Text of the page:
The following MAPK1 reagents supplied by CUSABIO are manufactured under a strict quality control system. Multiple applications have been validated and solid technical support is offered.

MAPK1 Antibodies

MAPK1 Antibodies for Homo sapiens (Human)

MAPK1 Proteins

MAPK1 Proteins for Homo sapiens (Human)

MAPK1 Proteins for Bos taurus (Bovine)

MAPK1 Proteins for Rattus norvegicus (Rat)

MAPK1 Proteins for Mus musculus (Mouse)

MAPK1 Proteins for Xenopus laevis (African clawed frog)

MAPK1 Background

Mitogen-activated protein kinase 1 is a protein in humans that is encoded by the MAPK1 gene [1]. MAPK1 is also known as p42MAPK or ERK2. MAPK1 is a serine/threonine kinase that acts as an essential component of the MAP kinase signal transduction pathway. MAPK1/ERK2 and MAPK3/ERK1 are the two MAPKs that play an important role in the MAPK/ERK cascade. The MAPK pathway consists of protein kinases that are activated in sequential order and couples extracellular signals to intracellular appropriate responses, including cell proliferation, inflammatory responses, development, differentiation, and apoptosis [2][3]. The MAPK/ERK cascade also plays a role in the initiation and regulation of meiosis, mitosis, and postmitotic functions in differentiated cells by phosphorylating some transcription factors. The previous study demonstrated that ERK2 downregulation by specific siRNAs could promote higher chemosensitivity compared with an ERK1 knockdown in human hepatocellular carcinoma cell line [4]. Additionally, ERK2 knockdown resulted in a higher overexpression of ERK1 than that of ERK2 in ERK1 knockdown, suggesting the crucial role of ERK2 in cancer. Furthermore, it has been shown that ERK1-mutant mouse fibroblasts sustain ERK2 activation, resulting in c-fos and zif-268 overexpression and consequent elevated cell proliferation. These data indicated that ERK1 elimination can facilitate ERK2 signaling [5]. For example, the ERK1-null mouse is viable and fertile whereas ERK2 knockout is embryonic lethal [6][7]. Accordingly, ERK2 plays an important role in embryonic development [8].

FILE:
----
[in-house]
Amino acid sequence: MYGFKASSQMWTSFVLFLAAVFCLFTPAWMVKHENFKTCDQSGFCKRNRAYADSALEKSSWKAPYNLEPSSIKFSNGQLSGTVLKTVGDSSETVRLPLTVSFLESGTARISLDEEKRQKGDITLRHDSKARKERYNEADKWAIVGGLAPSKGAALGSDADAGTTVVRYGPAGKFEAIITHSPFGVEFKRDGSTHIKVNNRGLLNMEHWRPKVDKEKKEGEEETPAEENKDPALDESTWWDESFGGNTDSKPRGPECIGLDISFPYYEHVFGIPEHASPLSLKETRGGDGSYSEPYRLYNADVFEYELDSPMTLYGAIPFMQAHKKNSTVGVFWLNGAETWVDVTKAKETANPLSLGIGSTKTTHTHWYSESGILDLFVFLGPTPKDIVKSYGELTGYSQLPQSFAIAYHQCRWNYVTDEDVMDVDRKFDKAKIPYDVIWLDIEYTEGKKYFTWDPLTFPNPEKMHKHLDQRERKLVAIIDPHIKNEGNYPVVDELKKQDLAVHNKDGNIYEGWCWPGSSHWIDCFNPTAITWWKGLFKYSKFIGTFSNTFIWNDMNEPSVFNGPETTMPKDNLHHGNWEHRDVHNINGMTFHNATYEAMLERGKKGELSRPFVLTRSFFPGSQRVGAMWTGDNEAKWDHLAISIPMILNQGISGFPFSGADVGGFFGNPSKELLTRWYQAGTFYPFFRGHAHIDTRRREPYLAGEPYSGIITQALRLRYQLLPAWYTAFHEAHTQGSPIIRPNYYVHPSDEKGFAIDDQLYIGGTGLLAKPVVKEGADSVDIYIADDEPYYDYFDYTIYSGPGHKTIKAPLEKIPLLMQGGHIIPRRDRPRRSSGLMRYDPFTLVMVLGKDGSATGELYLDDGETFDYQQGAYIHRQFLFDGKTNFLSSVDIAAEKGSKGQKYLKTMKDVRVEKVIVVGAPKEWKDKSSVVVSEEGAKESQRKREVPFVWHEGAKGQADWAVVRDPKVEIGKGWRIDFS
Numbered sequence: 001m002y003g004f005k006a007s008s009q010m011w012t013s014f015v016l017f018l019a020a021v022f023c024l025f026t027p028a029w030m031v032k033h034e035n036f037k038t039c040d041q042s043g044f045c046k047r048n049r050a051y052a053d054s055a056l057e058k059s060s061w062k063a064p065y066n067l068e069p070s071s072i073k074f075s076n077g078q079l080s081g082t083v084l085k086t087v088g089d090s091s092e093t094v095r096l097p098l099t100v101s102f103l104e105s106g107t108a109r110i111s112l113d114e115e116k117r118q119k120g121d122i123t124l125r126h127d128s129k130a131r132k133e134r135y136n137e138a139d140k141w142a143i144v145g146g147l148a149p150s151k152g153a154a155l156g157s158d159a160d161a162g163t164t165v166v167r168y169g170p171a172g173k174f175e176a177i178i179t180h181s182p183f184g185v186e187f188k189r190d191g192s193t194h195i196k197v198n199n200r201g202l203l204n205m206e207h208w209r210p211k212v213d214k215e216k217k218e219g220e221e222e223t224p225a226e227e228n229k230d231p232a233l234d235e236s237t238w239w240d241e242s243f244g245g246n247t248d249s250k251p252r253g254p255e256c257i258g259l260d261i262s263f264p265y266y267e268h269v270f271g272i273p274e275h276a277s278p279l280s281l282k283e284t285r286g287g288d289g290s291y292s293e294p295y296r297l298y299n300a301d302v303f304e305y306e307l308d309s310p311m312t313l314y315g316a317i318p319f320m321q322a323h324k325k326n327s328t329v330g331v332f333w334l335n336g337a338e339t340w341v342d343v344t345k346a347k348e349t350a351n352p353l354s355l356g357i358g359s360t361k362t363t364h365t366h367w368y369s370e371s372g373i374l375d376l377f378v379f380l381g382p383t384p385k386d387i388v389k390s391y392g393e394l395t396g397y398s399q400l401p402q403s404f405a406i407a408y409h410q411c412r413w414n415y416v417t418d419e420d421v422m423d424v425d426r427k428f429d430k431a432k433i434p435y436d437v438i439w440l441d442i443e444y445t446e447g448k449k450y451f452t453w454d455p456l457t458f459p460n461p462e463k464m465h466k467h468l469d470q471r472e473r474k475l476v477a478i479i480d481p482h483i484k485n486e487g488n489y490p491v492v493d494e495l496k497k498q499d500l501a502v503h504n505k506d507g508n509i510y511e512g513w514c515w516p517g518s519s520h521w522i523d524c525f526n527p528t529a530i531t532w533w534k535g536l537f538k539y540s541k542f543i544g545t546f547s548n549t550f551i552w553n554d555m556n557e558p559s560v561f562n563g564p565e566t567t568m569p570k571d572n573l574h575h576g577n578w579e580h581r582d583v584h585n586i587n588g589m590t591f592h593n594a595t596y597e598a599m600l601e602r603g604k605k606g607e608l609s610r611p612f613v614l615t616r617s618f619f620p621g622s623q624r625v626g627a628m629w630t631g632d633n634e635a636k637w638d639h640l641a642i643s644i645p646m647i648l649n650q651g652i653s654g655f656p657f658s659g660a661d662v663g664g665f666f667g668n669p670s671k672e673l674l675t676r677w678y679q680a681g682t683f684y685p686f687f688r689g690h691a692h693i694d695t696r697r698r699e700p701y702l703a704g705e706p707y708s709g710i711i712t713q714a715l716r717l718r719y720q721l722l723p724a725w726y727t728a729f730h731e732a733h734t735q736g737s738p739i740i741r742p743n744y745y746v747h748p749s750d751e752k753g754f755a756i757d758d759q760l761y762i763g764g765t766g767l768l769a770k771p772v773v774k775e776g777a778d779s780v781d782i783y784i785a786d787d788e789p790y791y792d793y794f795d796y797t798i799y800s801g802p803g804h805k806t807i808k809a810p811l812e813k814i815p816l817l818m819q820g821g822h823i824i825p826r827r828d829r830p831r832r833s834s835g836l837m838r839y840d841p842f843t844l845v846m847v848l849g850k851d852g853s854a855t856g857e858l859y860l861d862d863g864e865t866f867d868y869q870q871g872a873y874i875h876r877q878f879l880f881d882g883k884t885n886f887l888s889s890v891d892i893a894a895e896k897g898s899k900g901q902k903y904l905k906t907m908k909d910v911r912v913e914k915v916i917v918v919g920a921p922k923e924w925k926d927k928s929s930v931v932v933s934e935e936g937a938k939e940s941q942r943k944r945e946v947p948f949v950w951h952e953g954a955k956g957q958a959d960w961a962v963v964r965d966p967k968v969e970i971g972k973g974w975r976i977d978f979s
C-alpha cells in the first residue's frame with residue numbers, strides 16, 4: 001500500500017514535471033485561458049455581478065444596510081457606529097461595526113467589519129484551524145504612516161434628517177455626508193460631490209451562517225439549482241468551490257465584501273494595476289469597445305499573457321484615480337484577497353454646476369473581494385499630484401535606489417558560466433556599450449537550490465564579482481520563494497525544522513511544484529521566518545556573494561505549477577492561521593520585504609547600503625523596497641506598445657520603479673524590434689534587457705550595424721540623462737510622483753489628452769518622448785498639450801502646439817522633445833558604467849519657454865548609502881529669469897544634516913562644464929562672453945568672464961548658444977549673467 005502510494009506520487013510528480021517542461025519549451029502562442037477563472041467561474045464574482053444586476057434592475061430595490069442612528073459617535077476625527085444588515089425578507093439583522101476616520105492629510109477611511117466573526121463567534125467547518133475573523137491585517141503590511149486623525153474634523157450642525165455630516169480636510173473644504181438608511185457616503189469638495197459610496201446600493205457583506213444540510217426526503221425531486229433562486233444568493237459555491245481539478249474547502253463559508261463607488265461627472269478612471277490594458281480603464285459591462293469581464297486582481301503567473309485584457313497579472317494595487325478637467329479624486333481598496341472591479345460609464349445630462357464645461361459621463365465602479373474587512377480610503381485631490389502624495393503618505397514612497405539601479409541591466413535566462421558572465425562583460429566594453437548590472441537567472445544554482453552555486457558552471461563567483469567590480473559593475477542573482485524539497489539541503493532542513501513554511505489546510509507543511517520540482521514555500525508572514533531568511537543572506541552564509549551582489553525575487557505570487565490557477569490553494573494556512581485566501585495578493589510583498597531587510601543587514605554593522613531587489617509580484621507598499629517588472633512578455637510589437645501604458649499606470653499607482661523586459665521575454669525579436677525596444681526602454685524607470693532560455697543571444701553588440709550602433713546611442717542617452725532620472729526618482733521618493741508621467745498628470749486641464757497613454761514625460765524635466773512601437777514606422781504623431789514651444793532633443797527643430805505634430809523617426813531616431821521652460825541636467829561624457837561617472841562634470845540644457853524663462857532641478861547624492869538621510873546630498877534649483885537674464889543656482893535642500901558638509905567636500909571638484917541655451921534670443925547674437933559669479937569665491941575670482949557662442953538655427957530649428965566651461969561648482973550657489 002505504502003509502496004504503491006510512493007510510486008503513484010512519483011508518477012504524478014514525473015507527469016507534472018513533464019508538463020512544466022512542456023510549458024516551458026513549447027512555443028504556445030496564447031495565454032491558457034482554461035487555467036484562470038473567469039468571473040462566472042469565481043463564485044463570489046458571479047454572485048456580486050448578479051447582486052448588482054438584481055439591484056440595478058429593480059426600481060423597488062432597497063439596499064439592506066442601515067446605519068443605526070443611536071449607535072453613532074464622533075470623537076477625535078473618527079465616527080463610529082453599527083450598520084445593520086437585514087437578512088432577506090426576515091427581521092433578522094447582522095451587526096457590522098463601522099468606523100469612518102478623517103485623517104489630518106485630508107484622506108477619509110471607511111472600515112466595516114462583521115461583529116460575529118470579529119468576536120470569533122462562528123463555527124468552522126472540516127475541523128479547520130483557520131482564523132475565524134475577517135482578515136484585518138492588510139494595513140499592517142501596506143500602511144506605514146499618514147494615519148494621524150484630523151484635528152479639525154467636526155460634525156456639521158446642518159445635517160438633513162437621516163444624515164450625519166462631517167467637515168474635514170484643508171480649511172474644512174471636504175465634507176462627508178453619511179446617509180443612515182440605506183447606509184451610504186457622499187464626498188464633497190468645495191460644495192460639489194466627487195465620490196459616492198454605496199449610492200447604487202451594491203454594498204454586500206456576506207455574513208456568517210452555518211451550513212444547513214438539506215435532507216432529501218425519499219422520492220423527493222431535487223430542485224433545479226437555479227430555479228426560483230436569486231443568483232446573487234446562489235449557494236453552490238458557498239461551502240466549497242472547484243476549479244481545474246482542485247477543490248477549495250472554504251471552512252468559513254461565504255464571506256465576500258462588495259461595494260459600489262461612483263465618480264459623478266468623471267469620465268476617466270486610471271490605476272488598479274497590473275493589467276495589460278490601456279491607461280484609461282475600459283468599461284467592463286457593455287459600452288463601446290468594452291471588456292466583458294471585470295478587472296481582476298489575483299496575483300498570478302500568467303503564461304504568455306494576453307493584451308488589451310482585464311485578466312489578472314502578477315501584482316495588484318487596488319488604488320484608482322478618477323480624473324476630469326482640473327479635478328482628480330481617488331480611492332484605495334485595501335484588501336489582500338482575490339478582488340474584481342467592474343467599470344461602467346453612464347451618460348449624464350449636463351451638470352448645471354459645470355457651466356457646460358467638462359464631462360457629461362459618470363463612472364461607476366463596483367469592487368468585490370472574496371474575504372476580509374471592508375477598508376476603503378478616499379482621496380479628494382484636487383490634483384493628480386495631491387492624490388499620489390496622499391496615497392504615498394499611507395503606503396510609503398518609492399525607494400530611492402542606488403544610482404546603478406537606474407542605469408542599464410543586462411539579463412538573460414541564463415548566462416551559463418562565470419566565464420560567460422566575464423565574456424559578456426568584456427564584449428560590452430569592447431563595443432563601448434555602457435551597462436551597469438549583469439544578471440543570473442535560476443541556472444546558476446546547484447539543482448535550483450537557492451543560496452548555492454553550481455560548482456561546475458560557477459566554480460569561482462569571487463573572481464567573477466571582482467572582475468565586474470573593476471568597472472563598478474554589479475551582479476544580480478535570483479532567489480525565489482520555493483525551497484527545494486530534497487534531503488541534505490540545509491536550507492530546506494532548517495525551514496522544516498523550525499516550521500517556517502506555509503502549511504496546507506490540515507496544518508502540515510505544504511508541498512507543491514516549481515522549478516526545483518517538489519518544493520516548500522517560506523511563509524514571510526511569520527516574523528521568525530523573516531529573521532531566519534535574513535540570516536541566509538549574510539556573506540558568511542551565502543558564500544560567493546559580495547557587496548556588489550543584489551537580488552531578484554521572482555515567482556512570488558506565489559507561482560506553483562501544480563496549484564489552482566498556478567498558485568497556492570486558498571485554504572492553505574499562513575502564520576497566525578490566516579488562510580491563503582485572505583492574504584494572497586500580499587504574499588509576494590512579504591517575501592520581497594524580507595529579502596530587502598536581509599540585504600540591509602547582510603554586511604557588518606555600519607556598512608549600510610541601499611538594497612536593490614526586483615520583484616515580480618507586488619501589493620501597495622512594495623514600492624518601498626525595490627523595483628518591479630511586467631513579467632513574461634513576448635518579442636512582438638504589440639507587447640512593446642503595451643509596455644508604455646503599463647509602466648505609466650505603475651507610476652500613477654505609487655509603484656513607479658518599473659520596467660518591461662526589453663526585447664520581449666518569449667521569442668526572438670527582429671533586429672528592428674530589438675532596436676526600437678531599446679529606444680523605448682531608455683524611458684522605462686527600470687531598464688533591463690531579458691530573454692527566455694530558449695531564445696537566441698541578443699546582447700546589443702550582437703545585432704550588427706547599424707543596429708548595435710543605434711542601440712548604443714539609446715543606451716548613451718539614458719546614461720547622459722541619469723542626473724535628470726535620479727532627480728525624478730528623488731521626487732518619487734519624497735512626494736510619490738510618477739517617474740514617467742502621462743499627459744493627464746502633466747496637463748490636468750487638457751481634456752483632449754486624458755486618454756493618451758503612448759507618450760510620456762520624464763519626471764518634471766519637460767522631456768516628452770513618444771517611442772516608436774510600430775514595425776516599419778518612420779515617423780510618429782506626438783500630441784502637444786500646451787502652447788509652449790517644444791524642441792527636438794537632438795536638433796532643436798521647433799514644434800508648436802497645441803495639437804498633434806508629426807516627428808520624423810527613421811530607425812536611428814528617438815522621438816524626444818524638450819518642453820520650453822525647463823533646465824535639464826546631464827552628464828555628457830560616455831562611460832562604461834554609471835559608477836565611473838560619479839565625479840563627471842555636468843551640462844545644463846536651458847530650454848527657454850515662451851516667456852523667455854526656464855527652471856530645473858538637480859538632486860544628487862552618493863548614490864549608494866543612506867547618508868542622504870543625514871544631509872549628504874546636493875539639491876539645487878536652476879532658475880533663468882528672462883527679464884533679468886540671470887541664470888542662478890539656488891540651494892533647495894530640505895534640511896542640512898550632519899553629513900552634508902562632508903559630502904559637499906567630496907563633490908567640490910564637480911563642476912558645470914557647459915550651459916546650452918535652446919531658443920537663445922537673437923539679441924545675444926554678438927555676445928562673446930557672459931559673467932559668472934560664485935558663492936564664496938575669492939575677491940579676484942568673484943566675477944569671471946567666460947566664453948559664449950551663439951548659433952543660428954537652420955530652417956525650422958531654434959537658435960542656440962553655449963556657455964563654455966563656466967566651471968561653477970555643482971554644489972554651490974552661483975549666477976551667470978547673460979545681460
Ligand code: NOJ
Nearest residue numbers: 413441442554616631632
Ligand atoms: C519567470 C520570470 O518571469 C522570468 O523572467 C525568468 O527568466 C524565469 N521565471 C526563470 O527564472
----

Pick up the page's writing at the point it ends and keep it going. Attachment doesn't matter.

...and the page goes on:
[1] Owaki H, Makar R, et al. Extracellular signal-regulated kinases in T cells: characterization of human ERK1 and ERK2 cDNAs [J]. Biochem. Biophys. Res. Commun. 1992, 182 (3): 1416-22.
[2] Widmann C, Gibson S, et al. Mitogen-activated protein kinase: conservation of a three-kinase module from yeast to human [J]. Physiol Rev. 1999 Jan; 79(1):143-80.
[3] Zhang W, Liu HT. MAPK signal pathways in the regulation of cell proliferation in mammalian cells [J]. Cell Res. 2002 Mar; 12(1):9-18.
[4] Mehdizadeh A, Somi MH, et al. Liposome-mediated RNA interference delivery against Erk1 and Erk2 does not equally promote chemosensitivity in human hepatocellular carcinoma cell line HepG2 [J]. Artif Cells Nanomed Biotechnol. 2017 Dec; 45(8):1612-1619.
[5] Vantaggiato C, Formentini I, et al. ERK1 and ERK2 mitogen-activated protein kinases affect Ras-dependent cell signaling differentially [J]. J Biol. 2006; 5(5):14.
[6] Nekrasova T, Shive C, et al. ERK1-deficient mice show normal T cell effector function and are highly susceptible to experimental autoimmune encephalomyelitis [J]. J Immunol. 2005 Aug 15; 175(4):2374-80.
[7] Yao Y, Li W, et al. Extracellular signal-regulated kinase 2 is necessary for mesoderm differentiation [J]. Proc Natl Acad Sci U S A. 2003 Oct 28; 100(22):12759-64.
[8] Newbern J, Zhong J, et al. Mouse and human phenotypes indicate a critical conserved role for ERK2 signaling in neural crest development [J]. Proc Natl Acad Sci U S A. 2008 Nov 4; 105(44):17115-20.

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